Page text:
Unfortunatly, the author uses Bernoulli's principle to explain lift. Also, his use of equations is minimal. Please see John D. Anderson's book if you wish to understand aerodynamic theory. Otherwise, the other customers' reviews stand.

5-0 out of 5 stars Highly detailed text book. Intense reading but worthwhile
The book is, to me, hard to read because there is little to no "scenery" in the book. Every sentence is packed with information which results in a slow read particular for a newcomer to the field of aerodynamics like myself.
Inevitably, every page is filled with "Why didn't I think of that" - type revelations. Don't rush into the book. Take it a page at a time because the pace builds up quickly - particularly in the first few chapters. If you don't understand a chapter, you will waste your time on the next. A Book for the patient, but eager to learn.

Martin Simons is an expert in his field and in this conversational, intense, book his knowledge is shared well.
Definitely the pride of my library.

5-0 out of 5 stars Model Aircraft Aerodynamics by Martin Simons
This is an excellent book, applicable to much more than model aircraft. Most of it's material is applicable to full size sailplanes and aircraft also. The book is not heavily mathematical, and chapters start with basic fundamentals and build from there. Significant prior knowledge is not required, but helpful. I actually bought the book after reading a copy of a friend's. I was pleasantly suprized to find that the later edition that I bought had more material in the same down to earth style as the first. Great book.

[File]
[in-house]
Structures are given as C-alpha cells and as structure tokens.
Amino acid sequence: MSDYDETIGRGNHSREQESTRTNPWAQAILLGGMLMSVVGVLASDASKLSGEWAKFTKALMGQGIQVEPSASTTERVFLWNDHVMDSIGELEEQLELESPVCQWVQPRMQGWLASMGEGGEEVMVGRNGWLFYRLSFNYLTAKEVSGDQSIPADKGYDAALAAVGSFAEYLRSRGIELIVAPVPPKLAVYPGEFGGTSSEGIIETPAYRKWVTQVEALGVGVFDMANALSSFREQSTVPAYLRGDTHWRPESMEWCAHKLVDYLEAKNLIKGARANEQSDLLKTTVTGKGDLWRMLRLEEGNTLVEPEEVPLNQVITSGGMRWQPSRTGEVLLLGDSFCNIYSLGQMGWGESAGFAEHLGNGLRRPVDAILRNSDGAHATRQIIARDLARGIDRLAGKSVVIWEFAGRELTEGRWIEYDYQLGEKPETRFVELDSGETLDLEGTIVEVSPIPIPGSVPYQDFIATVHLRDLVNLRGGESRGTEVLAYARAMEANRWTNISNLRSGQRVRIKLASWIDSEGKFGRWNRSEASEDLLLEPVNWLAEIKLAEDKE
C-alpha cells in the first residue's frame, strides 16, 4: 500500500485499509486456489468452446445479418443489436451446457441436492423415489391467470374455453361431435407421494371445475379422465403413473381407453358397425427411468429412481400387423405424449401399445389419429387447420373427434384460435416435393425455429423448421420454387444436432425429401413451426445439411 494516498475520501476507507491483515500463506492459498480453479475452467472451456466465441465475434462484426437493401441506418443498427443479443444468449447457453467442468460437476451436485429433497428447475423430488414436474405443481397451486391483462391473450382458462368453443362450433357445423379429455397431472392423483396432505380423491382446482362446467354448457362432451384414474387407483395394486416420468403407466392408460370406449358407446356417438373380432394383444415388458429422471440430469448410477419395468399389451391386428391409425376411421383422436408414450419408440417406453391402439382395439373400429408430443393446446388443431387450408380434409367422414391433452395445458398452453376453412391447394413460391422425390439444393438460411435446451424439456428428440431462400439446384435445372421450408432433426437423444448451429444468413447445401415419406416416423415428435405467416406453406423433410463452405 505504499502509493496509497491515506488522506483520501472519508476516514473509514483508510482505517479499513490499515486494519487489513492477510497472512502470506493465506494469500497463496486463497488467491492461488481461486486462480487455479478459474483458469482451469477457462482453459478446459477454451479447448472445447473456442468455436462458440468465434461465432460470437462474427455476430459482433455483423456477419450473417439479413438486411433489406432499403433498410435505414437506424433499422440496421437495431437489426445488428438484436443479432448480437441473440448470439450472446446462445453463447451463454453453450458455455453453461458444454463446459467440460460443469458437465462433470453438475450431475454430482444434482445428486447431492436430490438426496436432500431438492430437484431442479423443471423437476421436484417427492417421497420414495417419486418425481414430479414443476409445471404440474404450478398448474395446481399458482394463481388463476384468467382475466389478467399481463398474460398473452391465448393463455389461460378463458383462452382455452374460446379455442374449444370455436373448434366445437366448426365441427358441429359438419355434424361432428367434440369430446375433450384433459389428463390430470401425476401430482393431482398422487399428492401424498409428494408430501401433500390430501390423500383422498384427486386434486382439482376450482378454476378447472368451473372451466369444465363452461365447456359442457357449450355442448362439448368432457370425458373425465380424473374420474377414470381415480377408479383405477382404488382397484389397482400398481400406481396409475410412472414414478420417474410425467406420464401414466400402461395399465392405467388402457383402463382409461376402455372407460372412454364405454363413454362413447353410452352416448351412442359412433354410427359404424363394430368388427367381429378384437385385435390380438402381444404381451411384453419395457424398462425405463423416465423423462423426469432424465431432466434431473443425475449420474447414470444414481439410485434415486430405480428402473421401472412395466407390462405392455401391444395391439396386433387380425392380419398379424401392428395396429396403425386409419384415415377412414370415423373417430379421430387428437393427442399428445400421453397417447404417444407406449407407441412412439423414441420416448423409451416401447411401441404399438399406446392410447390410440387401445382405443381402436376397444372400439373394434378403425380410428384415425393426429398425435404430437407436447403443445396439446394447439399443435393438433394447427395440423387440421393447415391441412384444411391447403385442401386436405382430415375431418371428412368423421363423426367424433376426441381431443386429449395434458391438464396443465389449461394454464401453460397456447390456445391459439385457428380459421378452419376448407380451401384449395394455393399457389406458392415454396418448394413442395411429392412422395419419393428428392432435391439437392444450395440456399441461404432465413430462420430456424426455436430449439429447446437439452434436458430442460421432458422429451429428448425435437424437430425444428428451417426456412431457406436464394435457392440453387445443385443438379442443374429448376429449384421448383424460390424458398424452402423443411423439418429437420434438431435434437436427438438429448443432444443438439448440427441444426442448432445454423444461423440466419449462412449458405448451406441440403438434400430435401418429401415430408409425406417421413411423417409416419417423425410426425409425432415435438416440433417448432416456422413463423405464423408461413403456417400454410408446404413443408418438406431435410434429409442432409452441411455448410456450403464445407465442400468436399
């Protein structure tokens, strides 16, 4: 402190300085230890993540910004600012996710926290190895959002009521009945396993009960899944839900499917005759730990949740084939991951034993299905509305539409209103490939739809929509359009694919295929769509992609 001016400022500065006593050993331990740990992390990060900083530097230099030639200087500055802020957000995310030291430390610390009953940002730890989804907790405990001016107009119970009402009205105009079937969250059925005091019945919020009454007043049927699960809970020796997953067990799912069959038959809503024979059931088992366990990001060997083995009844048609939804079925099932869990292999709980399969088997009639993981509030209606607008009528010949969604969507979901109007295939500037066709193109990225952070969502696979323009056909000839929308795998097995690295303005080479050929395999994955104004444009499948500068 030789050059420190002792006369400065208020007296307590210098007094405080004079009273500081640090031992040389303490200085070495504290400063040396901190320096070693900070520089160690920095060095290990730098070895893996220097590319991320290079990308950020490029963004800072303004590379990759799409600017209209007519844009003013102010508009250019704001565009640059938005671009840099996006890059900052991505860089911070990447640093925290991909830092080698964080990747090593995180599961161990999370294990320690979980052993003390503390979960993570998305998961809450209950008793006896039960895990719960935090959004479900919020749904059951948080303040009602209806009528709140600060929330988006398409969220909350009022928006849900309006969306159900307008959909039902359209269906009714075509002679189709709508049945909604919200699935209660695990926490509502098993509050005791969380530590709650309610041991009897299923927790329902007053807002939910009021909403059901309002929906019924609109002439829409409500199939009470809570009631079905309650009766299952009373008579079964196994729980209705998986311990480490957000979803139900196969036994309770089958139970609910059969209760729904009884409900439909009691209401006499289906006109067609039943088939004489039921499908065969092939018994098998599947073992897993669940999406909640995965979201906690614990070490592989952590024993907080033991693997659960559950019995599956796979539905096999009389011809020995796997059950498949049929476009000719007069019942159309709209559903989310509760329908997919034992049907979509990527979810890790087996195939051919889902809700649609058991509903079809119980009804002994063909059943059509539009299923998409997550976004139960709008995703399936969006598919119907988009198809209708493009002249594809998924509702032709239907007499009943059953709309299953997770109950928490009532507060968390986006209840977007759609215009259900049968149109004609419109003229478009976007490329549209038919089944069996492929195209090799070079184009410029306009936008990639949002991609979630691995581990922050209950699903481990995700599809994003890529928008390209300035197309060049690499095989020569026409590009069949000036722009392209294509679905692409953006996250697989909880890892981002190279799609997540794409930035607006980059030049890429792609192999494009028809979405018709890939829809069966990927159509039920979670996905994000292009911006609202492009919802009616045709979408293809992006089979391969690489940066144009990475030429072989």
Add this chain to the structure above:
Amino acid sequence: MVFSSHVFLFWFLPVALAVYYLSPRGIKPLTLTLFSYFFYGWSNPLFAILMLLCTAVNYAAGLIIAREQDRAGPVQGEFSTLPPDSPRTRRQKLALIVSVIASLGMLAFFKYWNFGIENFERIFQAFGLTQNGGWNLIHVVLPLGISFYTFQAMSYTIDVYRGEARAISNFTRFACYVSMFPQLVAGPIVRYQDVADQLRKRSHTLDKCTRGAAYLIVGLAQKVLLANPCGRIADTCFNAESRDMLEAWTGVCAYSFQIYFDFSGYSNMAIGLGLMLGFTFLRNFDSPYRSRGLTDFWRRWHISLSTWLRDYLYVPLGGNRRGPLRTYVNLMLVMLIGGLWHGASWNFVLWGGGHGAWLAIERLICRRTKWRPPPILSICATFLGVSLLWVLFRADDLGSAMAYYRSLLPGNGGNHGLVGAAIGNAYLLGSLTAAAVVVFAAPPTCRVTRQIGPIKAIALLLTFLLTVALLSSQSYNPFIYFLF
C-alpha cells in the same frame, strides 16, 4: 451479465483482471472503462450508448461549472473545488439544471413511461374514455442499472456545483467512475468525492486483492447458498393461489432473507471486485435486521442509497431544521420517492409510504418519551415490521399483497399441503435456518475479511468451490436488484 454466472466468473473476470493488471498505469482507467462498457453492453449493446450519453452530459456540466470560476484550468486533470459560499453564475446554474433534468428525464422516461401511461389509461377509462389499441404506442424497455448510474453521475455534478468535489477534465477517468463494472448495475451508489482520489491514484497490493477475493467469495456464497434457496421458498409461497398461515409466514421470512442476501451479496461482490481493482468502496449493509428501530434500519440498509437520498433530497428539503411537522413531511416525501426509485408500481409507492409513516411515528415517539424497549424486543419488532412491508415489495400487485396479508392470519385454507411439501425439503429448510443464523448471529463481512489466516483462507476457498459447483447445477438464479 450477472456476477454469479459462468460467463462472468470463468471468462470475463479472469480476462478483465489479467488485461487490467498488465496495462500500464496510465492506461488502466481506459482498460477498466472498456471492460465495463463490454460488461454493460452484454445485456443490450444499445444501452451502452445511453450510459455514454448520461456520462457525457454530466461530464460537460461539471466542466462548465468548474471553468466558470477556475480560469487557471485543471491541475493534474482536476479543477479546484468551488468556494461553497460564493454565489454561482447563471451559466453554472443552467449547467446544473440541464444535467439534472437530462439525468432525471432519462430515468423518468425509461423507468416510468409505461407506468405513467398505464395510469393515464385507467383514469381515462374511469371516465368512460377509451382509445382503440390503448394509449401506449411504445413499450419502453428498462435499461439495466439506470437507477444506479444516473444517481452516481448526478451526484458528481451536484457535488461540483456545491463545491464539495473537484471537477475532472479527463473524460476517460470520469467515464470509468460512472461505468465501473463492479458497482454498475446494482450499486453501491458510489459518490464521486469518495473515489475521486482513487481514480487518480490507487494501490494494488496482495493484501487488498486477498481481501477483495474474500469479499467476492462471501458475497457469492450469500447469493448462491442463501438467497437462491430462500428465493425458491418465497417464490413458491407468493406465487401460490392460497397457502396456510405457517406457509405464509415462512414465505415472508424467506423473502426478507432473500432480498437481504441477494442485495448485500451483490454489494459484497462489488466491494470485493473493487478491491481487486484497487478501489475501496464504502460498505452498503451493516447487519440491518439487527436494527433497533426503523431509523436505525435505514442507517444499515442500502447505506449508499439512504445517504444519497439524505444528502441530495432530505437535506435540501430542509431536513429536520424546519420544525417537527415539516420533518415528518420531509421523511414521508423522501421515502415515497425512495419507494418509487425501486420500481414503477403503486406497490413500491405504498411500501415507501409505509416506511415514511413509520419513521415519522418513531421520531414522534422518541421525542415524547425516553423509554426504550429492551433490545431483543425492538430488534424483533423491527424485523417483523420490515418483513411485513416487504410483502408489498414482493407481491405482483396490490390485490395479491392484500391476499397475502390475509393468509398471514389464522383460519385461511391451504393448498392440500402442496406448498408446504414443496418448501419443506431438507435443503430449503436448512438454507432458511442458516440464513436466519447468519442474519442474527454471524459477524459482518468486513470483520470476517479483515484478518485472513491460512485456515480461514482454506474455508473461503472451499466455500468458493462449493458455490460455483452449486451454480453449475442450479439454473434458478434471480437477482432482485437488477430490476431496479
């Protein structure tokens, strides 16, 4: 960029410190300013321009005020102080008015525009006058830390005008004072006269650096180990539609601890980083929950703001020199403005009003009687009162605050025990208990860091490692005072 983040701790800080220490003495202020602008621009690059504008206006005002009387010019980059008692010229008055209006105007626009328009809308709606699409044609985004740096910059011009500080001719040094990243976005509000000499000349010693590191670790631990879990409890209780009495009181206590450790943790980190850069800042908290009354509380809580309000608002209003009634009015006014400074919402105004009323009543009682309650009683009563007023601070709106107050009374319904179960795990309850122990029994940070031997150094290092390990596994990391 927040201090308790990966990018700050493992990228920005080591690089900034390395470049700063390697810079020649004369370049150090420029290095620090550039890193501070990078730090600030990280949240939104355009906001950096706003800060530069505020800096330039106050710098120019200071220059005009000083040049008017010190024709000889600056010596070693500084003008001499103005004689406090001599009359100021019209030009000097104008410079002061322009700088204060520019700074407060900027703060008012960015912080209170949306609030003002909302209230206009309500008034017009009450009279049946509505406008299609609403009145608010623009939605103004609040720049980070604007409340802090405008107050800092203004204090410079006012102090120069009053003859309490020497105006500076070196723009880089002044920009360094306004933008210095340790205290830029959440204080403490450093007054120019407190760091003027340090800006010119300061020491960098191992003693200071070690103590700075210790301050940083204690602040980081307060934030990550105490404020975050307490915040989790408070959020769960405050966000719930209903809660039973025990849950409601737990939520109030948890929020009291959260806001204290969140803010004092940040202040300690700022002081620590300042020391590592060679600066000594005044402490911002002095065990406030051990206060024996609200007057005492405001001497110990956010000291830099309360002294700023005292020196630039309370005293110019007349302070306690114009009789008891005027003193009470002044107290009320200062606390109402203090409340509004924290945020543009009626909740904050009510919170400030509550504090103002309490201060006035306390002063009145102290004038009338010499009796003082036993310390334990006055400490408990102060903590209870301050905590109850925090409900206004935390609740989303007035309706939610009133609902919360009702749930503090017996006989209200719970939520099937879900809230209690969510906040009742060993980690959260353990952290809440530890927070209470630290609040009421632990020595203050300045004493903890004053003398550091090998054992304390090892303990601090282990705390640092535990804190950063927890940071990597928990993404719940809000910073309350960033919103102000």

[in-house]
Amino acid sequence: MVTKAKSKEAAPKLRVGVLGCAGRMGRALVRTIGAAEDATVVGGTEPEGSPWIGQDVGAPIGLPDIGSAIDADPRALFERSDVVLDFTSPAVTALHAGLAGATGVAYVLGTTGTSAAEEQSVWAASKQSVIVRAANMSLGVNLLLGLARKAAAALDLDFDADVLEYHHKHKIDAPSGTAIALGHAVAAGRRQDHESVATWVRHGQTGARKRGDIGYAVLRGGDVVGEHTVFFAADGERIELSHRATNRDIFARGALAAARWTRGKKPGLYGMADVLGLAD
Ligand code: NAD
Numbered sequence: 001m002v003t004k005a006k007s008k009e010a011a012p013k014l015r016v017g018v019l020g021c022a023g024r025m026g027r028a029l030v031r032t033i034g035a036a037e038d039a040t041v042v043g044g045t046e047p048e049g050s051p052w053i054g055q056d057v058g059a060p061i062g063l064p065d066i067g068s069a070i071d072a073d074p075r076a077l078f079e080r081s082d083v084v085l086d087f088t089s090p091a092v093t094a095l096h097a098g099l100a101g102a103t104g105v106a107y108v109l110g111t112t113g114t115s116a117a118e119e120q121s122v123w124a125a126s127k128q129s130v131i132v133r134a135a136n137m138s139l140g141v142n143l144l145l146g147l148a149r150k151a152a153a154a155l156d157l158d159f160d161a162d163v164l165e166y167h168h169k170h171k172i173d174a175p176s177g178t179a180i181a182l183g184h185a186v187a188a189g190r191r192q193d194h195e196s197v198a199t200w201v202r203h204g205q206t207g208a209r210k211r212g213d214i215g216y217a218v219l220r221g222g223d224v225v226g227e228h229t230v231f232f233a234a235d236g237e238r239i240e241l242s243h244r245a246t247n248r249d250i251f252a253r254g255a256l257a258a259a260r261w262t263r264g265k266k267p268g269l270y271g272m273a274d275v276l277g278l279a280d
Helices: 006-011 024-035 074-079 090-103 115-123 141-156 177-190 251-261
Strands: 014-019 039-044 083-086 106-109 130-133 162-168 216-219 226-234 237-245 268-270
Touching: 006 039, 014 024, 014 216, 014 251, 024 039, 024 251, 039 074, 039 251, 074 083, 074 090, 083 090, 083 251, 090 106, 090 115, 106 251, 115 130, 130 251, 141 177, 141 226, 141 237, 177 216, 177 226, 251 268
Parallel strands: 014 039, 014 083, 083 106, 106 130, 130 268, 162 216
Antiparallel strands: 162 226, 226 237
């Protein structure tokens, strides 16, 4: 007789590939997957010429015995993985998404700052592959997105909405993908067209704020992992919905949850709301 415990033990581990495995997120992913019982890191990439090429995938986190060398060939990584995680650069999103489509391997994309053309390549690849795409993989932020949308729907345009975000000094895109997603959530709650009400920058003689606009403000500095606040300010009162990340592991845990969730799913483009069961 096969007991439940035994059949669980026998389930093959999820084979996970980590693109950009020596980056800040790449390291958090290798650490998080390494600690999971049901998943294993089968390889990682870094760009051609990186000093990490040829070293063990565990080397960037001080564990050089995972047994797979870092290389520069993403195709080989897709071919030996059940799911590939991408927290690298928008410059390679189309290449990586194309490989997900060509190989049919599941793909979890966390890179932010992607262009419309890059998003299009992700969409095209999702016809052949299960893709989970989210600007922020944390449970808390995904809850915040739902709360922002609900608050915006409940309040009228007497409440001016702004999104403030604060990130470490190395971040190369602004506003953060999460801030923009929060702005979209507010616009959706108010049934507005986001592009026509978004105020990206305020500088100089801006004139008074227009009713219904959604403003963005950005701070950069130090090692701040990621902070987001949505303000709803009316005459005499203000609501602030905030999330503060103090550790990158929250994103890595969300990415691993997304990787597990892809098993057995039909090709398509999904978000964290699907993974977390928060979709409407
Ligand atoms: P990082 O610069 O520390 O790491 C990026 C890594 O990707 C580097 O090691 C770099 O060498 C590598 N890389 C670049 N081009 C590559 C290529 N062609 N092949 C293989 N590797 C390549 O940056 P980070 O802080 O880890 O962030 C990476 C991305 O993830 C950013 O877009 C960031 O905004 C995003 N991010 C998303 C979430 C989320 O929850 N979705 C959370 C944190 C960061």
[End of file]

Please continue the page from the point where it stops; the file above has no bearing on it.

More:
5-0 out of 5 stars Really Solid and Easily Understood
As a professional aerospace engineer, I am often disappointed by books and articles written for amateurs and hobbyists. This book is a rare exception in that it is accurate, understandable and well laid out. The very low Reynolds number conditions that model aircraft fly in are sufficiently different from full scale that most engineers don't really understand what is going on. This book led me through unfamiliar territory and gave me a much fuller appreciation for the aerodynamics I encountered in very-high-altitude and planetary flight.

5-0 out of 5 stars The best modeling book in my library
This is without a doubt the most useful book in my library and is a "must have" for any serious modeler. It not only gives the basics that any modeler should be able to understand but backs the concepts up with some basic math to prove the points. In addition, Martin has used the metric SI system of units which makes everything much easier to understand. ... Read more


183. Fundamentals of Structural Integrity : Damage Tolerant Design and Nondestructive Evaluation
by Alten F.Grandt
list price: $125.00
our price: $108.75
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Asin: 0471214590
Catlog: Book (2003-10-17)
Publisher: Wiley-Interscience
Sales Rank: 937207
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Book Description

Discusses applications of failures and evaluation techniques to a variety of industries.
* Presents a unified approach using two key elements of structural design.
... Read more


184. General Aviation Law
by Jerry A. Eichenberger
list price: $34.95
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Asin: 0070151040
Catlog: Book (1996-11-01)
Publisher: McGraw-Hill Professional
Sales Rank: 440783
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Book Description